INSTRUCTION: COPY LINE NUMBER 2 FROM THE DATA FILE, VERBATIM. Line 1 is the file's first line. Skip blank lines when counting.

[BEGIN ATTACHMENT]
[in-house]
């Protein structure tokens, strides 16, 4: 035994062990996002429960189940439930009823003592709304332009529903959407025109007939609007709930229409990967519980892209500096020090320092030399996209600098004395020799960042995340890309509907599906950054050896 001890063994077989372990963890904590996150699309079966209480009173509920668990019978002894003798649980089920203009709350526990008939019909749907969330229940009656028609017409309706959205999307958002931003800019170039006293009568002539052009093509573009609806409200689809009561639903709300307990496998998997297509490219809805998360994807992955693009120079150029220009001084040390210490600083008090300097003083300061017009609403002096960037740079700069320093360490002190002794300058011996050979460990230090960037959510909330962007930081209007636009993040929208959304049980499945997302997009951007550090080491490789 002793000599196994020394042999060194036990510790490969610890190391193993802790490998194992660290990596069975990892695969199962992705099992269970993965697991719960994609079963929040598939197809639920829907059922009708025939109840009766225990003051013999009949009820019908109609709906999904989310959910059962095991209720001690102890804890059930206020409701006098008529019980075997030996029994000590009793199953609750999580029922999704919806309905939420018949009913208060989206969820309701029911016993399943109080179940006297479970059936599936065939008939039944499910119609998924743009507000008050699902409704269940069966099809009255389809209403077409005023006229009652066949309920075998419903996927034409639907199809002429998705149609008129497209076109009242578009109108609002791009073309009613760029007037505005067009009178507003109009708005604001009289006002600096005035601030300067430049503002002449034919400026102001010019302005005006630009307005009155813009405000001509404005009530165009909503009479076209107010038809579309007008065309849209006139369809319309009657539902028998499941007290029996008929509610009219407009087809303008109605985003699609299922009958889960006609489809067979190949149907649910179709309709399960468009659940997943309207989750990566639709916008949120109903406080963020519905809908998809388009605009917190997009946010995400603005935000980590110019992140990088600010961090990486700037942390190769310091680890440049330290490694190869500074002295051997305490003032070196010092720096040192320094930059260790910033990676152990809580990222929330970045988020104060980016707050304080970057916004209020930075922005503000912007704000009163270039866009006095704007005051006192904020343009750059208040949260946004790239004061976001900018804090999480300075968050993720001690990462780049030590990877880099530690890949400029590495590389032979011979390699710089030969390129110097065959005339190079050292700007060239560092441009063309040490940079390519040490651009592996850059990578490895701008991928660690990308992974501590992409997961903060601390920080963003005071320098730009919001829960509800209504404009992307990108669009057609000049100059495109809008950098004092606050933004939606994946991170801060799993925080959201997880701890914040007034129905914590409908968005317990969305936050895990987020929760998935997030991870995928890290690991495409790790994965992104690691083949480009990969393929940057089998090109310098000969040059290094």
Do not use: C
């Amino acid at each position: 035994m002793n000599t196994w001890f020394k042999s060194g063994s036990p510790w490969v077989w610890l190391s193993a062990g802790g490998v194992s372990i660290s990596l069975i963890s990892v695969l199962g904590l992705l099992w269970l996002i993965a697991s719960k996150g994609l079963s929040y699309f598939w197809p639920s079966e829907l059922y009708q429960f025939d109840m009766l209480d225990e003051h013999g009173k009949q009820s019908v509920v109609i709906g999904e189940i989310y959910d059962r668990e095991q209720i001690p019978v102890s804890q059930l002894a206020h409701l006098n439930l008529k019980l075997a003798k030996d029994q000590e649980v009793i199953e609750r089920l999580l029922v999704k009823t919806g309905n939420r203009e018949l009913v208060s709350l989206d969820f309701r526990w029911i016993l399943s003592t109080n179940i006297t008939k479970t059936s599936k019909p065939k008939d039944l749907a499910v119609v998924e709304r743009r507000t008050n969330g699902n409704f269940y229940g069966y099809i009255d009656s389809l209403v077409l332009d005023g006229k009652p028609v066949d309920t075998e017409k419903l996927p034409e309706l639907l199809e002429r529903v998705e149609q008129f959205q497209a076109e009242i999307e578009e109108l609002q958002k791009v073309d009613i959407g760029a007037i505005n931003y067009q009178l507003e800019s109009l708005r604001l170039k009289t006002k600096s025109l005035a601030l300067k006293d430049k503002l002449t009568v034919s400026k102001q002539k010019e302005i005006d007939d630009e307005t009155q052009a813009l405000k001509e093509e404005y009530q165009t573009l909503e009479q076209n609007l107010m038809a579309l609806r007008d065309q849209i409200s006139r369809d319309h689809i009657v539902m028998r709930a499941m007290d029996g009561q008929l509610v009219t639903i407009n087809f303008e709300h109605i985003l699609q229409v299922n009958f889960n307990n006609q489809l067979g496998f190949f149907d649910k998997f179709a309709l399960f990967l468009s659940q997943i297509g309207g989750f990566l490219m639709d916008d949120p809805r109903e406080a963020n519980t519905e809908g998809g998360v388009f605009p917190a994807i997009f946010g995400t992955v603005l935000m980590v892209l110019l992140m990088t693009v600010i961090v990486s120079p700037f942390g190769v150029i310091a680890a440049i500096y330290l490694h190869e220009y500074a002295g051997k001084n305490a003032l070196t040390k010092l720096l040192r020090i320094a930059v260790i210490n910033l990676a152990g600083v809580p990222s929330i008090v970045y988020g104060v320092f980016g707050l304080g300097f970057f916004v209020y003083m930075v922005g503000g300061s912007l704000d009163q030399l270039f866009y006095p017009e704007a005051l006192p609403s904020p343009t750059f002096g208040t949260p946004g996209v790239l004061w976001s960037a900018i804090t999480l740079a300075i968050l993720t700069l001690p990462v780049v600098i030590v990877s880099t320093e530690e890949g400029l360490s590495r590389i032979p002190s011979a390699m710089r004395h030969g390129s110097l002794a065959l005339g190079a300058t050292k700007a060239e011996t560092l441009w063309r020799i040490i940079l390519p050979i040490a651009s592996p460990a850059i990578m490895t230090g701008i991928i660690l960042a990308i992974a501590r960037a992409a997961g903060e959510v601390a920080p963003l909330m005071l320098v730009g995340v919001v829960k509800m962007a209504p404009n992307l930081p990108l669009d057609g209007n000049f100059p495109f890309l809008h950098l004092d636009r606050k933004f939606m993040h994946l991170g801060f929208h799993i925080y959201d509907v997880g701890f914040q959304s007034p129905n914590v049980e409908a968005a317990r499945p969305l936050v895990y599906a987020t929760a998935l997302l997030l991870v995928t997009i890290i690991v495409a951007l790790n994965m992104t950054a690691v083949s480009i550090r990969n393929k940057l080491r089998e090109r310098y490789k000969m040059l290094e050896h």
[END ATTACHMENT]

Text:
């Protein structure tokens, strides 16, 4: 035994062990996002429960189940439930009823003592709304332009529903959407025109007939609007709930229409990967519980892209500096020090320092030399996209600098004395020799960042995340890309509907599906950054050896 001890063994077989372990963890904590996150699309079966209480009173509920668990019978002894003798649980089920203009709350526990008939019909749907969330229940009656028609017409309706959205999307958002931003800019170039006293009568002539052009093509573009609806409200689809009561639903709300307990496998998997297509490219809805998360994807992955693009120079150029220009001084040390210490600083008090300097003083300061017009609403002096960037740079700069320093360490002190002794300058011996050979460990230090960037959510909330962007930081209007636009993040929208959304049980499945997302997009951007550090080491490789 002793000599196994020394042999060194036990510790490969610890190391193993802790490998194992660290990596069975990892695969199962992705099992269970993965697991719960994609079963929040598939197809639920829907059922009708025939109840009766225990003051013999009949009820019908109609709906999904989310959910059962095991209720001690102890804890059930206020409701006098008529019980075997030996029994000590009793199953609750999580029922999704919806309905939420018949009913208060989206969820309701029911016993399943109080179940006297479970059936599936065939008939039944499910119609998924743009507000008050699902409704269940069966099809009255389809209403077409005023006229009652066949309920075998419903996927034409639907199809002429998705149609008129497209076109009242578009109108609002791009073309009613760029007037505005067009009178507003109009708005604001009289006002600096005035601030300067430049503002002449034919400026102001010019302005005006630009307005009155813009405000001509404005009530165009909503009479076209107010038809579309007008065309849209006139369809319309009657539902028998499941007290029996008929509610009219407009087809303008109605985003699609299922009958889960006609489809067979190949149907649910179709309709399960468009659940997943309207989750990566639709916008949120109903406080963020519905809908998809388009605009917190997009946010995400603005935000980590110019992140990088600010961090990486700037942390190769310091680890440049330290490694190869500074002295051997305490003032070196010092720096040192320094930059260790910033990676152990809580990222929330970045988020104060980016707050304080970057916004209020930075922005503000912007704000009163270039866009006095704007005051006192904020343009750059208040949260946004790239004061976001900018804090999480300075968050993720001690990462780049030590990877880099530690890949400029590495590389032979011979390699710089030969390129110097065959005339190079050292700007060239560092441009063309040490940079390519040490651009592996850059990578490895701008991928660690990308992974501590992409997961903060601390920080963003005071320098730009919001829960509800209504404009992307990108669009057609000049100059495109809008950098004092606050933004939606994946991170801060799993925080959201997880701890914040007034129905914590409908968005317990969305936050895990987020929760998935997030991870995928890290690991495409790790994965992104690691083949480009990969393929940057089998090109310098000969040059290094």